Stepping into the sunshine, my husband and I set out on a walk in the cool of morning. It had been weeks since we’d had a free Saturday to spend an hour outside together. The brisk air spurred us on as we passed cozy homes in our neighborhood. Many displayed rustic Adirondack chairs with colorful pillows that begged for someone to sit down and enjoy them. Turning to my husband I asked, “How many of these chairs do you think people actually use?” Smiling, he gently turned the question on me, “When was the last time we sat on our porch together?” Sadly, I couldn’t remember.
I thought back to times we’d enjoyed in the past, lounging on the benches with a cup of tea in the morning sun or sharing a meal with our boys on a warm evening. We hadn’t done that in a long time and there was only one reason: we’d let busyness rob us of this simple pleasure.
As I thought more about it, I realized that my “to do” list over the last few weeks had caused me to be distracted and disengaged from my husband and kids. Even when I was physically present with them, my mind was somewhere else. Realizing this turned my thoughts to a concept I’ve been learning about in First, Second and Third John:
“The one who keeps God’s commands lives in him, and he in them. And this is how we know that he lives in us: We know it by the Spirit he gave us.” (1 John 3:24,NIV)
The word “lives,” used twice in this verse, translates from the Greek word, “meno.” It means: “to stay (in a given place, state, relation or expectancy) to abide, continue, dwell, endure, be present, remain, stand or tarry.” (James Strong, Dictionary of the Greek New Testament)
The part of the definition that catches my attention is the phrase “be present.” Over the course of studying these books, I’ve been learning the importance of being present in my walk with God– of living intentionally engaged with him by his Spirit so that I can let his love fill me. When I do this consistently, his love ultimately overflows from me and affects those around me. John explains this reciprocal process: As we are present with God and remain in his love, his love continues to dwell in us.
“And so we know and rely on the love God has for us. God is love. Whoever lives [meno] in love lives [meno] in God, and God in them.” (1 John 4:16, NIV)
In this passage John echoes a concept he learned from Jesus, who told the disciples:
“I am the vine; you are the branches. If you remain [meno] in me and I in you, you will bear much fruit; apart from me you can do nothing.” (John 15:5, NIV)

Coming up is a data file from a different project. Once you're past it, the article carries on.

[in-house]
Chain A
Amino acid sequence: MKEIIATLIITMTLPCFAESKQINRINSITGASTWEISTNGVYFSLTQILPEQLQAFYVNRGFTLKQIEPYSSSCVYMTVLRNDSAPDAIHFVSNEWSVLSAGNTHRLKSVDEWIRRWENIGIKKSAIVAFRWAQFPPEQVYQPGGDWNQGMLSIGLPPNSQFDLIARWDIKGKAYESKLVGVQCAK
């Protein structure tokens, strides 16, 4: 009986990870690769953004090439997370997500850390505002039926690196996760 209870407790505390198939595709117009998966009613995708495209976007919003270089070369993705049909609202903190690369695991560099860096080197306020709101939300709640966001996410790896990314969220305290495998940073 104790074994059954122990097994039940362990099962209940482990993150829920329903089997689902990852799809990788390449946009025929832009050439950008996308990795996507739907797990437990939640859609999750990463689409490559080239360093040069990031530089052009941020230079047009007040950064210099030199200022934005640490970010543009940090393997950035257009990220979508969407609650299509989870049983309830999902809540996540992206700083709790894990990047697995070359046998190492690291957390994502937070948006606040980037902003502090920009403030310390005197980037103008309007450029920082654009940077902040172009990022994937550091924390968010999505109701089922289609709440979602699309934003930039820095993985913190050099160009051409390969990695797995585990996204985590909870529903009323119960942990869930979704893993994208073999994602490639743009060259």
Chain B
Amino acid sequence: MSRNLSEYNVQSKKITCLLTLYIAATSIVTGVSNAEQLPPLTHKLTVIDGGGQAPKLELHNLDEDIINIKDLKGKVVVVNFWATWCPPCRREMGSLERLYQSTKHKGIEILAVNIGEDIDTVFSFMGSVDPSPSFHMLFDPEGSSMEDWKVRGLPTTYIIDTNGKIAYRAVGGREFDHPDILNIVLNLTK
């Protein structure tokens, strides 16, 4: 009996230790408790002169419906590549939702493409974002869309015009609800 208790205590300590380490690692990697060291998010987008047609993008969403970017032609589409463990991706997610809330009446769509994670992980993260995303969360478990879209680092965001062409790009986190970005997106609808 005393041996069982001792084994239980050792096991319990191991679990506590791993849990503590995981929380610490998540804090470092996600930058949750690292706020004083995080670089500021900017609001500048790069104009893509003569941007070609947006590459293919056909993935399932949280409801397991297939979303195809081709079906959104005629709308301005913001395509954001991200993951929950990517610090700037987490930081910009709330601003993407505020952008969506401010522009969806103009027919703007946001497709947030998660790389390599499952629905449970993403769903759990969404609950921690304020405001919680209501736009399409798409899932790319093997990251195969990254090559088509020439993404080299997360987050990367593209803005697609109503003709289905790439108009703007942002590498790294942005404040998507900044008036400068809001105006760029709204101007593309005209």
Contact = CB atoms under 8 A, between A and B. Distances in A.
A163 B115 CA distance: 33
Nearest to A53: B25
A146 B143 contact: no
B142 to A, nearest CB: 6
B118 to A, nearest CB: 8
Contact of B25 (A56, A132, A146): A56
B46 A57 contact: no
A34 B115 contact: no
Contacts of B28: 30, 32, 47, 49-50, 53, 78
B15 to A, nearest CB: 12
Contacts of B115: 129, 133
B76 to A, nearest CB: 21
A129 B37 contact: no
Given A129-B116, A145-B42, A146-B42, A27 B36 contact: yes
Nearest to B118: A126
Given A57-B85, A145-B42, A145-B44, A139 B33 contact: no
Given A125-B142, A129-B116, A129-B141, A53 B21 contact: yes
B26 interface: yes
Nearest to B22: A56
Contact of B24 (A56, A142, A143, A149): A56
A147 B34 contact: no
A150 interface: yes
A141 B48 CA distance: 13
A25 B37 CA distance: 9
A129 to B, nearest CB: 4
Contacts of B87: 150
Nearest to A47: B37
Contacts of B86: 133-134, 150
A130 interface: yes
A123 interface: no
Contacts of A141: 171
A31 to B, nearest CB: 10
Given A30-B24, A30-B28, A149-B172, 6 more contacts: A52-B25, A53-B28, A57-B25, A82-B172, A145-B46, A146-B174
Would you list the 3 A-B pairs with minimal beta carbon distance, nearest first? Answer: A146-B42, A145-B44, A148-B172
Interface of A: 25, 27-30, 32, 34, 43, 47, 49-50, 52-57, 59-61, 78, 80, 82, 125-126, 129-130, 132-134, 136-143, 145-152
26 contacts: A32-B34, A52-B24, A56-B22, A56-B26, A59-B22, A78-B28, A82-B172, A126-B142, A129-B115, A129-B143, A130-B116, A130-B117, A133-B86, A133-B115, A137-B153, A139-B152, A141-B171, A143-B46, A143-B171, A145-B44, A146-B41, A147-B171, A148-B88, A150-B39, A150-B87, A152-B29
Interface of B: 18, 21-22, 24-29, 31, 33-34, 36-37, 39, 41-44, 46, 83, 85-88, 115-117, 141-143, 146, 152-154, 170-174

I’m realizing anew that remaining in Christ requires that I fix my mind on him intentionally and continuously. We aren’t accessing his power when we live on autopilot, doing things out of habit without truly engaging him. Being present and intentional requires relying on the Holy Spirit to guide us throughout every day. There is no other way we can live in obedience to Christ and walk as he did. Apart from him, we can do nothing of lasting value.
This brings me to a related passage of Scripture written by the apostle Paul:
“If I speak in the tongues of men or of angels, but do not have love, I am only a resounding gong or a clanging cymbal. If I have the gift of prophecy and can fathom all mysteries and all knowledge, and if I have a faith that can move mountains, but do not have love, I am nothing. If I give all I possess to the poor and give over my body to hardship that I may boast, but do not have love, I gain nothing.” (1 Corinthians 13:1-3, NIV)
If God is love (and 1 John 4:16 tells us he is), then this passage emphasizes that even the good or spiritual things we do are worthless unless God is in them. Again, this reminds me that all that we do requires intentional engagement—even actions that seem positive on the surface aren’t worth a thing if God isn’t in them with us. We must be present [meno] with him so that he can work in and through us.
I’ll be thinking about the word “meno” for a long time. The benches on my front porch will be a daily reminder to be intentionally engaged in each moment with God. Only then can I be fully present with my family and others so that he can bless them through me.
I couldn’t resist including a song with an English translation of my new favorite word, “meno”, in the title. Click on the link to enjoy a worship moment with Kristian Stanfill’s rendition of “One Thing Remains.”